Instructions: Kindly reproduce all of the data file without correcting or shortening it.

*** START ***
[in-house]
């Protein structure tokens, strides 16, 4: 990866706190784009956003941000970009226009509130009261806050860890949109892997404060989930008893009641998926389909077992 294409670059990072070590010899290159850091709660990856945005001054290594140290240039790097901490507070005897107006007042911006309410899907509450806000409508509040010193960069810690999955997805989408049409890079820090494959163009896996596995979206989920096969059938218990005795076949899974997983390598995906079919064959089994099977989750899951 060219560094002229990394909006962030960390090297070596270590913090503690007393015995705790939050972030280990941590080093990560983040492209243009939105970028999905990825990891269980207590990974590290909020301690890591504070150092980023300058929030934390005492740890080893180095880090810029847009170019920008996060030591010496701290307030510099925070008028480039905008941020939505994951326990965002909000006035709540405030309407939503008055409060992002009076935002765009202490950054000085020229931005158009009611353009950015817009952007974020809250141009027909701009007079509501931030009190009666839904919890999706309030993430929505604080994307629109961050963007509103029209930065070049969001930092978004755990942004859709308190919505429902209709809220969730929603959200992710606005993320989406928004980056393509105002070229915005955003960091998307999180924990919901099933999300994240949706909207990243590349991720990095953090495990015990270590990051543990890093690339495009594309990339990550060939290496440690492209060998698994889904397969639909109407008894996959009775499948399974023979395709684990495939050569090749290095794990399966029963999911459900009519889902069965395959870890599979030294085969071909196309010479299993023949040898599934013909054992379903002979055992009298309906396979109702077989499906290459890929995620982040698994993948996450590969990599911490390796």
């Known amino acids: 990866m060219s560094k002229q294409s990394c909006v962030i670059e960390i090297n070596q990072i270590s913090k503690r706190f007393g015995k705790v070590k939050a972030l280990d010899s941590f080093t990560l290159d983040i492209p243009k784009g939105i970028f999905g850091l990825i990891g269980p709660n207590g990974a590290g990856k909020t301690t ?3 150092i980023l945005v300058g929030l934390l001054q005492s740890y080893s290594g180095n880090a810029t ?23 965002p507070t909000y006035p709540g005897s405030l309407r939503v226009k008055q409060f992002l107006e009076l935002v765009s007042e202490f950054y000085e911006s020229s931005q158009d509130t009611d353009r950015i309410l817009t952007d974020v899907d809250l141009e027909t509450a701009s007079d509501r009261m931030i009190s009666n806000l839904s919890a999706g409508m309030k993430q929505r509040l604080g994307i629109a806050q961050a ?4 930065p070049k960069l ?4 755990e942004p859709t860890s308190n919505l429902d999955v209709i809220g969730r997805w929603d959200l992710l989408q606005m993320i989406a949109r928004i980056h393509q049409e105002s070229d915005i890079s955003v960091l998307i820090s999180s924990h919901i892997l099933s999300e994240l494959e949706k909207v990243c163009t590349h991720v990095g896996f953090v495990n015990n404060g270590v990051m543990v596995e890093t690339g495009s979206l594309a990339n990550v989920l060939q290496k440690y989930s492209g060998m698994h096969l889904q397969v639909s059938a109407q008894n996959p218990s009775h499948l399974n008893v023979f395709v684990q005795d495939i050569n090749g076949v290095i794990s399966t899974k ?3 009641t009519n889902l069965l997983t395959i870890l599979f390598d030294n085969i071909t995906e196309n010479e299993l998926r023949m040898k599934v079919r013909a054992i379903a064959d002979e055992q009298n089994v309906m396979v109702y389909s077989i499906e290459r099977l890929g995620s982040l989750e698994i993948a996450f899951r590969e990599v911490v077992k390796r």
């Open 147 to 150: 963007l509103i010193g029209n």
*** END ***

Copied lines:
[in-house]
């Protein structure tokens, strides 16, 4: 990866706190784009956003941000970009226009509130009261806050860890949109892997404060989930008893009641998926389909077992 294409670059990072070590010899290159850091709660990856945005001054290594140290240039790097901490507070005897107006007042911006309410899907509450806000409508509040010193960069810690999955997805989408049409890079820090494959163009896996596995979206989920096969059938218990005795076949899974997983390598995906079919064959089994099977989750899951 060219560094002229990394909006962030960390090297070596270590913090503690007393015995705790939050972030280990941590080093990560983040492209243009939105970028999905990825990891269980207590990974590290909020301690890591504070150092980023300058929030934390005492740890080893180095880090810029847009170019920008996060030591010496701290307030510099925070008028480039905008941020939505994951326990965002909000006035709540405030309407939503008055409060992002009076935002765009202490950054000085020229931005158009009611353009950015817009952007974020809250141009027909701009007079509501931030009190009666839904919890999706309030993430929505604080994307629109961050963007509103029209930065070049969001930092978004755990942004859709308190919505429902209709809220969730929603959200992710606005993320989406928004980056393509105002070229915005955003960091998307999180924990919901099933999300994240949706909207990243590349991720990095953090495990015990270590990051543990890093690339495009594309990339990550060939290496440690492209060998698994889904397969639909109407008894996959009775499948399974023979395709684990495939050569090749290095794990399966029963999911459900009519889902069965395959870890599979030294085969071909196309010479299993023949040898599934013909054992379903002979055992009298309906396979109702077989499906290459890929995620982040698994993948996450590969990599911490390796």
């Known amino acids: 990866m060219s560094k002229q294409s990394c909006v962030i670059e960390i090297n070596q990072i270590s913090k503690r706190f007393g015995k705790v070590k939050a972030l280990d010899s941590f080093t990560l290159d983040i492209p243009k784009g939105i970028f999905g850091l990825i990891g269980p709660n207590g990974a590290g990856k909020t301690t ?3 150092i980023l945005v300058g929030l934390l001054q005492s740890y080893s290594g180095n880090a810029t ?23 965002p507070t909000y006035p709540g005897s405030l309407r939503v226009k008055q409060f992002l107006e009076l935002v765009s007042e202490f950054y000085e911006s020229s931005q158009d509130t009611d353009r950015i309410l817009t952007d974020v899907d809250l141009e027909t509450a701009s007079d509501r009261m931030i009190s009666n806000l839904s919890a999706g409508m309030k993430q929505r509040l604080g994307i629109a806050q961050a ?4 930065p070049k960069l ?4 755990e942004p859709t860890s308190n919505l429902d999955v209709i809220g969730r997805w929603d959200l992710l989408q606005m993320i989406a949109r928004i980056h393509q049409e105002s070229d915005i890079s955003v960091l998307i820090s999180s924990h919901i892997l099933s999300e994240l494959e949706k909207v990243c163009t590349h991720v990095g896996f953090v495990n015990n404060g270590v990051m543990v596995e890093t690339g495009s979206l594309a990339n990550v989920l060939q290496k440690y989930s492209g060998m698994h096969l889904q397969v639909s059938a109407q008894n996959p218990s009775h499948l399974n008893v023979f395709v684990q005795d495939i050569n090749g076949v290095i794990s399966t899974k ?3 009641t009519n889902l069965l997983t395959i870890l599979f390598d030294n085969i071909t995906e196309n010479e299993l998926r023949m040898k599934v079919r013909a054992i379903a064959d002979e055992q009298n089994v309906m396979v109702y389909s077989i499906e290459r099977l890929g995620s982040l989750e698994i993948a996450f899951r590969e990599v911490v077992k390796r």
């Open 147 to 150: 963007l509103i010193g029209n």